Traditional utility regulation has been unable to prevent the electric rates of some utilities from rising far above those of neighboring companies. Two factors are responsible for this failure. First, regulators lack the means to keep seemingly reasonable but unnecessary costs from creeping into rates. Second, ratemaking considers a utility's costs in isolation and does not use peer benchmarks to true up rates.
Political pressure helped limit rate increases for nuclear plants during the 1980s.
The Southwest Regional Transmission Association (SWRTA) has filed amended bylaws with the Federal Energy Regulatory Commission (FERC), incorporating two FERC conditions: 1) comparable transmission service, and 2) a single regional transmission plan. To achieve comparability, each transmitting member subject to FERC jurisdiction under sections 205 and 206 of the Federal Power Act will file comparable transmission service tariffs with the FERC.
The United States Enrichment Corp. (USEC), the world's largest producer of uranium enrichment services, has submitted its privatization plan to President Clinton and Congress. The plan, mandated by the Energy Policy Act of 1992, suggests that USEC be sold to the private sector early in 1996 under a dual approach that simultaneously pursues a public offering of common stock and a negotiated merger or acquisition by a third party.
The Massachusetts Department of Public Utilities (DPU) has granted preliminary approval to a water utility's proposal to "project finance" the cost of a new treatment facility required to comply with federal and state laws. The utility, Massachusetts-American Water Co., had proposed forming a special purpose corporation solely to finance the plant. The new corporation would lease the facility to the utility, using the payments to repay tax-exempt bonds issued under the financing plan.
The New York Power Authority (NYPA) favors restructuring opportunities consistent with a statewide,
single-operator transmission system. Their proposed model, submitted to the New York Public Service Commission (PSC) as part of the "Competitive Opportunities" proceeding, envisions an independent system operator that would own and operate all transmission facilities in the state. Alternatively, NYPA would agree to a consortium in which owners cede their facilities to a single operating entity via a contractual relationship.
By a 2-1 vote, the Texas Public Utilities Commission (PUC) has placed a condition on approval of Houston Lighting and Power's (HLP) experimental tariff for special contract pricing (Rate Schedule SCP) with industrial customers whose electric power needs are or can be served by alternative sources of power: The floor of the rates must be designed to recover marginal costs (Docket No. 12957). The order on rehearing affirmed an earlier PUC decision shortening the term of the contracts from the proposed 7 to 10 years to 5 to 10 years.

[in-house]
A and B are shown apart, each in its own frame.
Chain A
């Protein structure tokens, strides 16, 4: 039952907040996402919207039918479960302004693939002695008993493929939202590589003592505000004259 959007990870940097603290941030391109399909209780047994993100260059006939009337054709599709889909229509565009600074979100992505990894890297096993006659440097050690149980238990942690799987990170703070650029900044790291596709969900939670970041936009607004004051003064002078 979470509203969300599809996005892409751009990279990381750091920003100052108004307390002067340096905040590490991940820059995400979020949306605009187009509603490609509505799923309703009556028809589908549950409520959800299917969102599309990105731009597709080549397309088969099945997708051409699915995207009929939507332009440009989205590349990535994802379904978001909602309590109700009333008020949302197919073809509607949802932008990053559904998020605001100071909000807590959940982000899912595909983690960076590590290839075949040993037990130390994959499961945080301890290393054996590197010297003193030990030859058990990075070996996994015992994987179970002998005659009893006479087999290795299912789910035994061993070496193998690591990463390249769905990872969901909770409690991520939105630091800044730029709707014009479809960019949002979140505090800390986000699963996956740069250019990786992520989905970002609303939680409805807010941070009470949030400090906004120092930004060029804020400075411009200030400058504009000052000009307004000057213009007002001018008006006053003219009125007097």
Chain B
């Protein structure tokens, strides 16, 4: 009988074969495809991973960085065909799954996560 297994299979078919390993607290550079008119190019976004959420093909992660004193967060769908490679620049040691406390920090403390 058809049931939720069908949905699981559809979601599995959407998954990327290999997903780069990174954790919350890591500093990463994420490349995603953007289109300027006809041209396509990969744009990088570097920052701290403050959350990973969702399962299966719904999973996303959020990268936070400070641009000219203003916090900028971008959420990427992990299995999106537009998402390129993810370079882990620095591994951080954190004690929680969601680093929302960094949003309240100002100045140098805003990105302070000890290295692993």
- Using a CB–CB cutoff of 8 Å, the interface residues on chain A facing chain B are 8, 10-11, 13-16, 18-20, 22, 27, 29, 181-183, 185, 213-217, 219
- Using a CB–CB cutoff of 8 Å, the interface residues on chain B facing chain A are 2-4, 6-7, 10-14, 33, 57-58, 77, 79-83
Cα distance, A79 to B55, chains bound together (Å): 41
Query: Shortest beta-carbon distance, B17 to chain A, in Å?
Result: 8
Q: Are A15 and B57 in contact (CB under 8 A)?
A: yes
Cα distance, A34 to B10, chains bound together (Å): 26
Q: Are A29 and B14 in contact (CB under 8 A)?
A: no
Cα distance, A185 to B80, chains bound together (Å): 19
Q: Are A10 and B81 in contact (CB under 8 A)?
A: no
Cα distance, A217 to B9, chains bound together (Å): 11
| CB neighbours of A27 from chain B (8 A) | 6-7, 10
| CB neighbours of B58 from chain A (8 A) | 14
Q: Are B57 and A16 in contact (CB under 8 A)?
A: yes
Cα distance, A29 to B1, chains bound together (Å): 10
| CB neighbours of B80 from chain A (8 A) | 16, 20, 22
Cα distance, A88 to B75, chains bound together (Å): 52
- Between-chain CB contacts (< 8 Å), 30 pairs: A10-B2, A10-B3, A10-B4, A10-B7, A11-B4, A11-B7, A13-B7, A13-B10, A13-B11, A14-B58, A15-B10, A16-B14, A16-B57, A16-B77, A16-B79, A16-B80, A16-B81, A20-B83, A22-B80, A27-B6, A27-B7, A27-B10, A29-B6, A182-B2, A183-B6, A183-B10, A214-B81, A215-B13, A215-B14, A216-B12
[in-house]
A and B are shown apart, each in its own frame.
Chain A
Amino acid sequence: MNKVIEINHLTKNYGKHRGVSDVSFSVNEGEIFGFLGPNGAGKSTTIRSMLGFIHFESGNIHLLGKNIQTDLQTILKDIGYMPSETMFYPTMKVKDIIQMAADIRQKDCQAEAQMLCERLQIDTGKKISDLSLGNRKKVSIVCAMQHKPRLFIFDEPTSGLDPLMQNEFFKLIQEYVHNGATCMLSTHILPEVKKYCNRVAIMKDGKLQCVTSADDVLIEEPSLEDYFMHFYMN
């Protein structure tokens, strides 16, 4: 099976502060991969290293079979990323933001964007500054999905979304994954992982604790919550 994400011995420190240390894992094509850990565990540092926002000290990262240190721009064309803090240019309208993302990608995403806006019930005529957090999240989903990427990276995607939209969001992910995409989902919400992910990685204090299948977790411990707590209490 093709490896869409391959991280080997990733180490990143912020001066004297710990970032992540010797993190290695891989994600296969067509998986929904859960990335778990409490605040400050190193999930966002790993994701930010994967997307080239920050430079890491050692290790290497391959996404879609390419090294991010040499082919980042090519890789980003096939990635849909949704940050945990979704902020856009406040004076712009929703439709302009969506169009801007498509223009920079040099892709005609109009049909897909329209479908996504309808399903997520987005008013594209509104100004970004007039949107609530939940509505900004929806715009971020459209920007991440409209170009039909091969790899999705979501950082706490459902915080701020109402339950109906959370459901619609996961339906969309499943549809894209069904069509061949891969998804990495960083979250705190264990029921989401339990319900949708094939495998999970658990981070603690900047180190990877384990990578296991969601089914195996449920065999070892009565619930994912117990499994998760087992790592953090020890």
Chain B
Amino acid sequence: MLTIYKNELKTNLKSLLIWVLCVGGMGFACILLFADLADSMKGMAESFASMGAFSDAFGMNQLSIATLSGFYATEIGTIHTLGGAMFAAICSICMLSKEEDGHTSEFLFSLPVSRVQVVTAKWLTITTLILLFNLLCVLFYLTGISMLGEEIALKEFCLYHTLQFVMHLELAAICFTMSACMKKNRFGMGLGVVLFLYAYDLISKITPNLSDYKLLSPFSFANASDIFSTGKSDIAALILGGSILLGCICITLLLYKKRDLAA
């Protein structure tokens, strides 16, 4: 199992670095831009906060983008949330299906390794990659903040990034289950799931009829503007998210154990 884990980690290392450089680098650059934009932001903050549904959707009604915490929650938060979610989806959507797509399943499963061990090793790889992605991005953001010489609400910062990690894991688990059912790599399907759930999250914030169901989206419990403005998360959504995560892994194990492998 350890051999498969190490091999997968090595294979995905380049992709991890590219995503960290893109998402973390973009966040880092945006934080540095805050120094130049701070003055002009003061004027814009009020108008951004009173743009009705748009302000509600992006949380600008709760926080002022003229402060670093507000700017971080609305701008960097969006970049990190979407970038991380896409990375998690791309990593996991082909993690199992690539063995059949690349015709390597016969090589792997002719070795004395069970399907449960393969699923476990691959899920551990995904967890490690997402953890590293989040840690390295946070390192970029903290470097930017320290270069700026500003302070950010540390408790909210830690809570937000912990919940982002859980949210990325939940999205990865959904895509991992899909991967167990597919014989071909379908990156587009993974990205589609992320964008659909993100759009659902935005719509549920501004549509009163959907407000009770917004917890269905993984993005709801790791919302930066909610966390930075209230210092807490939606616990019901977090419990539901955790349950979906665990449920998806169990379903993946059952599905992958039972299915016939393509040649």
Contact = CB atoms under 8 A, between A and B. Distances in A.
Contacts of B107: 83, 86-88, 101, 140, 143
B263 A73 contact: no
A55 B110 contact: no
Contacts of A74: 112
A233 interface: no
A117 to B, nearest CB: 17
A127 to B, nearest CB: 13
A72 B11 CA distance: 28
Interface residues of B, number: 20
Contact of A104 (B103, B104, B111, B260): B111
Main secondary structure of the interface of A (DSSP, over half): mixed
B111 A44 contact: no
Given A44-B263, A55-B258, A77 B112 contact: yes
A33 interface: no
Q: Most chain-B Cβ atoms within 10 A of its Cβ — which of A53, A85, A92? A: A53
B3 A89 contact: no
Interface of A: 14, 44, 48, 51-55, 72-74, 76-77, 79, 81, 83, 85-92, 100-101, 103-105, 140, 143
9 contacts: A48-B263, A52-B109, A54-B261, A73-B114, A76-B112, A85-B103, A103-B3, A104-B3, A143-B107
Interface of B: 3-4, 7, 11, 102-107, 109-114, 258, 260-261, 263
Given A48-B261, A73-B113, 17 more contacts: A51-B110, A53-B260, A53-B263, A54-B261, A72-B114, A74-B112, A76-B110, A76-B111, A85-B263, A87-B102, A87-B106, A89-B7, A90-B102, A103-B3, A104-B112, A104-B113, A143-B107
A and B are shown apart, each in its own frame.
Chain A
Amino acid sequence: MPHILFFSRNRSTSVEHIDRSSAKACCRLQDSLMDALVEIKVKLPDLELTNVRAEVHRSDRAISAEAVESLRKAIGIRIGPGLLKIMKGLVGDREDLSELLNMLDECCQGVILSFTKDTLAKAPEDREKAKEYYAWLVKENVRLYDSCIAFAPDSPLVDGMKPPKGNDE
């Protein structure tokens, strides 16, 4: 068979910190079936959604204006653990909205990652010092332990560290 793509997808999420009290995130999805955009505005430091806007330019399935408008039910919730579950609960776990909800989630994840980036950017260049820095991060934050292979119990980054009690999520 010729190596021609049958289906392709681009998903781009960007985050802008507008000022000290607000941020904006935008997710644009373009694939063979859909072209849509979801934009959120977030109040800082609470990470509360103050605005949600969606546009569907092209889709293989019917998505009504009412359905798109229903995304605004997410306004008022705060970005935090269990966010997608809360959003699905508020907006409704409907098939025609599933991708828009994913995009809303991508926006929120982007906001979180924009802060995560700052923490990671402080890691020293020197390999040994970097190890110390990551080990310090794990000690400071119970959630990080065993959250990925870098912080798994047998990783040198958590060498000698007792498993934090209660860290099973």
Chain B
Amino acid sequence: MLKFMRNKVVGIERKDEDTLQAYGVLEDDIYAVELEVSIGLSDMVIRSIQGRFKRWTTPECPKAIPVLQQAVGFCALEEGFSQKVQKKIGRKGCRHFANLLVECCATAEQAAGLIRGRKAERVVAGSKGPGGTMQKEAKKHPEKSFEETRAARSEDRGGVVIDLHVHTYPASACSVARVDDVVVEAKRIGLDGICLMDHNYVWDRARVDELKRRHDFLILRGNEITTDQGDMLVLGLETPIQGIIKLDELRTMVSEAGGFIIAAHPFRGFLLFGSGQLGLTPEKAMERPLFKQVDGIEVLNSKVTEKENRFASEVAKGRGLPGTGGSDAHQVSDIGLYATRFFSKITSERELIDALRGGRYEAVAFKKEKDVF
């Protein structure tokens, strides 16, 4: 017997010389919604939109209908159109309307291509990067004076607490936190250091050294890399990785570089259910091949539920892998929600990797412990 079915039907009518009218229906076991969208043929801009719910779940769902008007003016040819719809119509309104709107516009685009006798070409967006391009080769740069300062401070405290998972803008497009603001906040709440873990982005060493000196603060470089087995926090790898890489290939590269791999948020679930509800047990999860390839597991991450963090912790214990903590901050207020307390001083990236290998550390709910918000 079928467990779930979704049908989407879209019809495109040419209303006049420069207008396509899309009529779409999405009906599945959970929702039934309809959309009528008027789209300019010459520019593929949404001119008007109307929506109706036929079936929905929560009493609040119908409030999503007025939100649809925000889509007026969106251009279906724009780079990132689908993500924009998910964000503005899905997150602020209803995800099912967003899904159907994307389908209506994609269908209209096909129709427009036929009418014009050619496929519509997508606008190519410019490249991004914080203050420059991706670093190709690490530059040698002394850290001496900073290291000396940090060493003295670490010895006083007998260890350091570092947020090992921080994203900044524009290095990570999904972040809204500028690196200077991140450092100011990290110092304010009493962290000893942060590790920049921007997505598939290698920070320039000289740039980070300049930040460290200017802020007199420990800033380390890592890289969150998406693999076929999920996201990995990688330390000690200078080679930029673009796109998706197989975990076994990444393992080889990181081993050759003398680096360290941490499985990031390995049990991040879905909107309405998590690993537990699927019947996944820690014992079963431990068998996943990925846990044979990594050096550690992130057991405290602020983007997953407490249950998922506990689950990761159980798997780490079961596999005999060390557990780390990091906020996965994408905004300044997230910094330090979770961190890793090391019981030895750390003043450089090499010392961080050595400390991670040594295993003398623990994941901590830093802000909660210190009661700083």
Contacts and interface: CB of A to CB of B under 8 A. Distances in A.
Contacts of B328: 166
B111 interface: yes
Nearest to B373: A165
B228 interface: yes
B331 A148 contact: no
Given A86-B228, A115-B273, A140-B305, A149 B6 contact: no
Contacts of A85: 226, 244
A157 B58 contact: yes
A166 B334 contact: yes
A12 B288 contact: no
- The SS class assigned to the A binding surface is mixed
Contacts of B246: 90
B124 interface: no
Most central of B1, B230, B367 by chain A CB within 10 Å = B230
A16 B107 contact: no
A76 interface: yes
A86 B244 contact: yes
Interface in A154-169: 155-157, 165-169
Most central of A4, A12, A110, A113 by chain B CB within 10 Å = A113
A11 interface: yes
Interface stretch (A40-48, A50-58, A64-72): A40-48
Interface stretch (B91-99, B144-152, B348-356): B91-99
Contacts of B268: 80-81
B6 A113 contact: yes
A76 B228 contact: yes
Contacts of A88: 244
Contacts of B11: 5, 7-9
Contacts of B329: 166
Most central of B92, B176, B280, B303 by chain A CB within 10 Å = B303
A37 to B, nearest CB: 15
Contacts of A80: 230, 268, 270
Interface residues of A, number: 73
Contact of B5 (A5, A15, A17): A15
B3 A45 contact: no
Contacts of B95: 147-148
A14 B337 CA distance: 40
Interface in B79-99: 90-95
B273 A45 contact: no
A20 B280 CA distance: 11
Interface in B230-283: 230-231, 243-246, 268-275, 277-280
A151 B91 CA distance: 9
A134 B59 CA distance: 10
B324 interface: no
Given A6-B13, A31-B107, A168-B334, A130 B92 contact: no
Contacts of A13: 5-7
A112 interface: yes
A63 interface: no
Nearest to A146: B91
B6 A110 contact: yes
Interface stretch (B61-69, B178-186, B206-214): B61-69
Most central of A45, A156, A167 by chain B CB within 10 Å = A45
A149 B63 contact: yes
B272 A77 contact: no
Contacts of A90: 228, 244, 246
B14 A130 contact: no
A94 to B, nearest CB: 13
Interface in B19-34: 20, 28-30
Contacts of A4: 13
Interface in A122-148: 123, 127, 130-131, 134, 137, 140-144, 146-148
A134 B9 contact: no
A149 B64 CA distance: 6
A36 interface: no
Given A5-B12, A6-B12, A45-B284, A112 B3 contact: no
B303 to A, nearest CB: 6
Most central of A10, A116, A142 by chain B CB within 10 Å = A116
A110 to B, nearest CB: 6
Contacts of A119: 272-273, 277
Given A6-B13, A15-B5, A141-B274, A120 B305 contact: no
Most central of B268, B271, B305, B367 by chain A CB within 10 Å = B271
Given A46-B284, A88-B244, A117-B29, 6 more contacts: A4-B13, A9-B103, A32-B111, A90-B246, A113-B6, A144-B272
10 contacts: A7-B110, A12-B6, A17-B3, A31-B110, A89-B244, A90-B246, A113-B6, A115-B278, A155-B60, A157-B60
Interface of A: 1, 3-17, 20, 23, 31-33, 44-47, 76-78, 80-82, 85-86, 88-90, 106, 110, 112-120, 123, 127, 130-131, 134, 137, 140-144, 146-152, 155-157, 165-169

With this issue I've finished up my first 12 months as full-time editor of PUBLIC UTILITIES FORTNIGHTLY. During that time, I've tried to adhere to few simple rules. If I'm lucky, I'm batting four out of five:
s Trust ideas, not facts
s Welcome different views
s Don't shy from difficult subjects
s Make it easy to read
s Take a day off now and then.
Someone once said that an editor's job is twofold: "Simplify and exaggerate." That advice may sound peculiar, but one could do worse.
Last year was pivotal for nuclear power. On May 13, 1994, the board of directors of the Washington Public Power Supply System (WPPSS) voted 9-4 to terminate reactors WNP-1 and WNP-3, triggering a dismantling of the two mothballed reactors, both about 70 percent complete. For ratepayers in the Pacific Northwest, the decision offered no relief from bills for construction of the two plants (em recently estimated at about $350 million per year for the next 24 years1. In many ways, WPPSS and its troubled history is a microcosm of the U.S.
This country's 350,000 manufacturers must add cutting-edge technologies to their processes to stay competitive. Yet most are small- to medium-sized companies leery of investing in new technology without first
confirming its effect on their
products.Some utilities previously had no option but to run local technology-demonstration facilities on their own (see sidebar on p.